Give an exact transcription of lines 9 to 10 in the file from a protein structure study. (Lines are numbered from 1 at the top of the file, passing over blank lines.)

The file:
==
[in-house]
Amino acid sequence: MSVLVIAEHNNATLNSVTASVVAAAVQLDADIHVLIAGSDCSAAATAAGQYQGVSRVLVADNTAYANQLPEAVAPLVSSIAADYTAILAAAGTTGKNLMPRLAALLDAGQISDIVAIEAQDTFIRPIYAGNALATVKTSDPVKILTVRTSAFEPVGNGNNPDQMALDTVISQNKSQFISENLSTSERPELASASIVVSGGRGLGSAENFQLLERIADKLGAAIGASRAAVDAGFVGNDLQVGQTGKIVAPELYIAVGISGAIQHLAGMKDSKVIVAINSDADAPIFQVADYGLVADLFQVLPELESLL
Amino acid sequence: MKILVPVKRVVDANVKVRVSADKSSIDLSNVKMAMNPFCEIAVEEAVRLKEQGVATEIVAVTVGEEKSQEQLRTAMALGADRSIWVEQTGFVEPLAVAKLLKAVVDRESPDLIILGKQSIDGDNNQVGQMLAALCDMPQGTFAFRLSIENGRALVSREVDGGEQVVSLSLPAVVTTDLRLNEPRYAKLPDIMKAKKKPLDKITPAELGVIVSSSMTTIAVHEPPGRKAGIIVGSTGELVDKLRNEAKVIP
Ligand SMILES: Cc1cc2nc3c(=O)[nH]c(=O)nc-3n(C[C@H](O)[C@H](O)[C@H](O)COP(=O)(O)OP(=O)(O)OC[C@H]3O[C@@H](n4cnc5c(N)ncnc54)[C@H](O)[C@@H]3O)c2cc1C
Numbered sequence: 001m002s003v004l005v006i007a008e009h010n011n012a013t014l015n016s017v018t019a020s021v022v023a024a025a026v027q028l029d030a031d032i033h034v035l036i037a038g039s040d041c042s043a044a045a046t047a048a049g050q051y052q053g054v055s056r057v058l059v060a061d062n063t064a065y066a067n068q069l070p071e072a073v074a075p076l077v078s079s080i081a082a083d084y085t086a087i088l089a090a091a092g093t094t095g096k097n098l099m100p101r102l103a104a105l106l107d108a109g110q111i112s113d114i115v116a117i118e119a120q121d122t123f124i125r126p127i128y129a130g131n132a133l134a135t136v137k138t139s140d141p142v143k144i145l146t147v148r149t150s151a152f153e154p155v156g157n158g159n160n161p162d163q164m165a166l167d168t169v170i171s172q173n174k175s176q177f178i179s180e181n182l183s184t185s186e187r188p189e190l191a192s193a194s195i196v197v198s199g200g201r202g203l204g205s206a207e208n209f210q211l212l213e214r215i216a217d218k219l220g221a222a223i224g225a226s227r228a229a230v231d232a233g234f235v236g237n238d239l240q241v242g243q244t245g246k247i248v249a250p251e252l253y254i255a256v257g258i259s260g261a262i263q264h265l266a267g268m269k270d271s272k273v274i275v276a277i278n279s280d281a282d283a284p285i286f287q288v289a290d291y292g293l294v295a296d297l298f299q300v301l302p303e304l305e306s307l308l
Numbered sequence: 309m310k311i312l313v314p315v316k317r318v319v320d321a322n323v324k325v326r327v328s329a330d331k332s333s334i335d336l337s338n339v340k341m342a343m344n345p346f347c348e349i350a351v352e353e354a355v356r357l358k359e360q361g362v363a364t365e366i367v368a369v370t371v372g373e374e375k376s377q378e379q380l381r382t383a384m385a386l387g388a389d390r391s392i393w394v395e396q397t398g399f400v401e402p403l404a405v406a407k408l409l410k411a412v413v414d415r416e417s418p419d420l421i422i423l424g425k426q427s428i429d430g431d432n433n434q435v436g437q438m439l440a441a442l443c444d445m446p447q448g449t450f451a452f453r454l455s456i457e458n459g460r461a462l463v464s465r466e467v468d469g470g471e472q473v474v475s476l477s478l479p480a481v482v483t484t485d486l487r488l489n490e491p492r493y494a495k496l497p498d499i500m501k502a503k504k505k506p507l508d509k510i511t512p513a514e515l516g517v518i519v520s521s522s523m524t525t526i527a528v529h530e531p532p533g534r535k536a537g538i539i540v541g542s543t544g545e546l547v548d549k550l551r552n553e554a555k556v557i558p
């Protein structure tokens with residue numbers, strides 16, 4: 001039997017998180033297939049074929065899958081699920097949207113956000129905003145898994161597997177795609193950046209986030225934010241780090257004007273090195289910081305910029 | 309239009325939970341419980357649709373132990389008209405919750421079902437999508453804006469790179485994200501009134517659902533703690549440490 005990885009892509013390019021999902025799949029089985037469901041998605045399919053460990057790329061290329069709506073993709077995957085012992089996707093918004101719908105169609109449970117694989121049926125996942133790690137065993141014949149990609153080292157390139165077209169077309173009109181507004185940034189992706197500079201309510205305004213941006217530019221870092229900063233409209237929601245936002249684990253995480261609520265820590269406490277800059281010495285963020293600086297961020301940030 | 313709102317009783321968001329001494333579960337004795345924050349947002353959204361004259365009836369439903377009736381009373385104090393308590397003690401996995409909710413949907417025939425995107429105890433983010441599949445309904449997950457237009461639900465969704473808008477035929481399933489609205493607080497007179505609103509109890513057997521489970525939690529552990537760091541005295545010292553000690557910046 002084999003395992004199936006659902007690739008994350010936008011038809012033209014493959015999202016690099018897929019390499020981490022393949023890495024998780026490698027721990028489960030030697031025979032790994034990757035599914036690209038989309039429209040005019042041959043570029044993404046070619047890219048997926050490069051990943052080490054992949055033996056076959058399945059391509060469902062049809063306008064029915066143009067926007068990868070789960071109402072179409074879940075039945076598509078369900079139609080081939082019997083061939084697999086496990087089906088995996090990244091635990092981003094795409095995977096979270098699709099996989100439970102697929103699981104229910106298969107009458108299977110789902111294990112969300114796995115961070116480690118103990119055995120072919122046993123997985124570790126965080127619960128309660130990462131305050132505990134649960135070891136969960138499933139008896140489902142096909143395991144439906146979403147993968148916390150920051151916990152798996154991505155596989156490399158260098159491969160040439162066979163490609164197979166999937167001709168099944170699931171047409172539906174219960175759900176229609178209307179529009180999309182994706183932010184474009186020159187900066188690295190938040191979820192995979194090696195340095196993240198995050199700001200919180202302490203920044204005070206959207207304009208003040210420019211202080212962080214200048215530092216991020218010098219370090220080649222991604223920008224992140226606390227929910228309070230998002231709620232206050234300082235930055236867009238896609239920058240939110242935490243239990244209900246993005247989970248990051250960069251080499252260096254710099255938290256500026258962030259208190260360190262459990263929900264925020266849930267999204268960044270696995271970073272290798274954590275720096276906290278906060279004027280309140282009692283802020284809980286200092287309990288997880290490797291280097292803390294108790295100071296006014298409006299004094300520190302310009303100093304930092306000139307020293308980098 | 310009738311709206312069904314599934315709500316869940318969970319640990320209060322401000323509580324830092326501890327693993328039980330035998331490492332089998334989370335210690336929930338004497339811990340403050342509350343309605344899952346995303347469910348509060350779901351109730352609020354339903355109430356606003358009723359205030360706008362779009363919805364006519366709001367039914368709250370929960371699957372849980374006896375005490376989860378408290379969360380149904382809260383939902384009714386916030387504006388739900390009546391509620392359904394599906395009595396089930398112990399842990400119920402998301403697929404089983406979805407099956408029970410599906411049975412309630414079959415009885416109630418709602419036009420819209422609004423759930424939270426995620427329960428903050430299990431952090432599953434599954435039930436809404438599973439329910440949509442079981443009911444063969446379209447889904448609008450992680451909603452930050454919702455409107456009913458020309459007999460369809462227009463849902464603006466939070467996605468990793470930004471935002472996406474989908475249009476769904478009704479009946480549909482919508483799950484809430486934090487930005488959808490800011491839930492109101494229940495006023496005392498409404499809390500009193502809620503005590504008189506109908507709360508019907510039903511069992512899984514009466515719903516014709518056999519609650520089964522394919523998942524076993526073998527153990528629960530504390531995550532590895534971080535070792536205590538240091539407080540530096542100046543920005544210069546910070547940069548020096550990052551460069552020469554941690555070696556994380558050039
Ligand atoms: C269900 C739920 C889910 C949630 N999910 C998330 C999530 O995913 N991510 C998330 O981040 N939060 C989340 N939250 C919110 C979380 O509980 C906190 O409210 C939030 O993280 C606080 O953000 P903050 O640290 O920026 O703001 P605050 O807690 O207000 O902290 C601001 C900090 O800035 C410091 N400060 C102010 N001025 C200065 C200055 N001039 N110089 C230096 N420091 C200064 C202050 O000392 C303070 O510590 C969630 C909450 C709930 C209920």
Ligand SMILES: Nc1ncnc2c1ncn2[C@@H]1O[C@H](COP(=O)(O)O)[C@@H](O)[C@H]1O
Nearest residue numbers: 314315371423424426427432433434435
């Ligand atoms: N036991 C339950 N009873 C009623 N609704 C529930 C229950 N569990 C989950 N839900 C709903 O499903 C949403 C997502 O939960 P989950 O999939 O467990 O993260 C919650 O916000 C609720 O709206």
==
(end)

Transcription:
Ligand SMILES: Nc1ncnc2c1ncn2[C@@H]1O[C@H](COP(=O)(O)O)[C@@H](O)[C@H]1O
Nearest residue numbers: 314315371423424426427432433434435